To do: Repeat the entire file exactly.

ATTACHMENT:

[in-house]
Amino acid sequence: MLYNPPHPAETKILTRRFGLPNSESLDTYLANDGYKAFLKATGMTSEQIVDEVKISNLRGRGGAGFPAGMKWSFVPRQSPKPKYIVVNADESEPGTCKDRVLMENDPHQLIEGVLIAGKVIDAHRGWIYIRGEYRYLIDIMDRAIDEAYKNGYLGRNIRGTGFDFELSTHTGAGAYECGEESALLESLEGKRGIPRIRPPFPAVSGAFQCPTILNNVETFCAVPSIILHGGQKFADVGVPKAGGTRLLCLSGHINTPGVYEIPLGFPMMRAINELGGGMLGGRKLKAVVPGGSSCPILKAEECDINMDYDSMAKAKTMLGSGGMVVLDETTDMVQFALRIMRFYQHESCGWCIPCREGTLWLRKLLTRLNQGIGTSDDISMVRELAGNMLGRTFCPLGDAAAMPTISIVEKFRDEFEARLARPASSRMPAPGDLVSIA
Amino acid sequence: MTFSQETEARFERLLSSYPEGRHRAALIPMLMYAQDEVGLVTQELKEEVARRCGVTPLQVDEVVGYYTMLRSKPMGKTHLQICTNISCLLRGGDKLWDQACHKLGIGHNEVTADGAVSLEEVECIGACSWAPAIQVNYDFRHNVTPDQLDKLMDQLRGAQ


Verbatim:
[in-house]
Amino acid sequence: MLYNPPHPAETKILTRRFGLPNSESLDTYLANDGYKAFLKATGMTSEQIVDEVKISNLRGRGGAGFPAGMKWSFVPRQSPKPKYIVVNADESEPGTCKDRVLMENDPHQLIEGVLIAGKVIDAHRGWIYIRGEYRYLIDIMDRAIDEAYKNGYLGRNIRGTGFDFELSTHTGAGAYECGEESALLESLEGKRGIPRIRPPFPAVSGAFQCPTILNNVETFCAVPSIILHGGQKFADVGVPKAGGTRLLCLSGHINTPGVYEIPLGFPMMRAINELGGGMLGGRKLKAVVPGGSSCPILKAEECDINMDYDSMAKAKTMLGSGGMVVLDETTDMVQFALRIMRFYQHESCGWCIPCREGTLWLRKLLTRLNQGIGTSDDISMVRELAGNMLGRTFCPLGDAAAMPTISIVEKFRDEFEARLARPASSRMPAPGDLVSIA
Amino acid sequence: MTFSQETEARFERLLSSYPEGRHRAALIPMLMYAQDEVGLVTQELKEEVARRCGVTPLQVDEVVGYYTMLRSKPMGKTHLQICTNISCLLRGGDKLWDQACHKLGIGHNEVTADGAVSLEEVECIGACSWAPAIQVNYDFRHNVTPDQLDKLMDQLRGAQ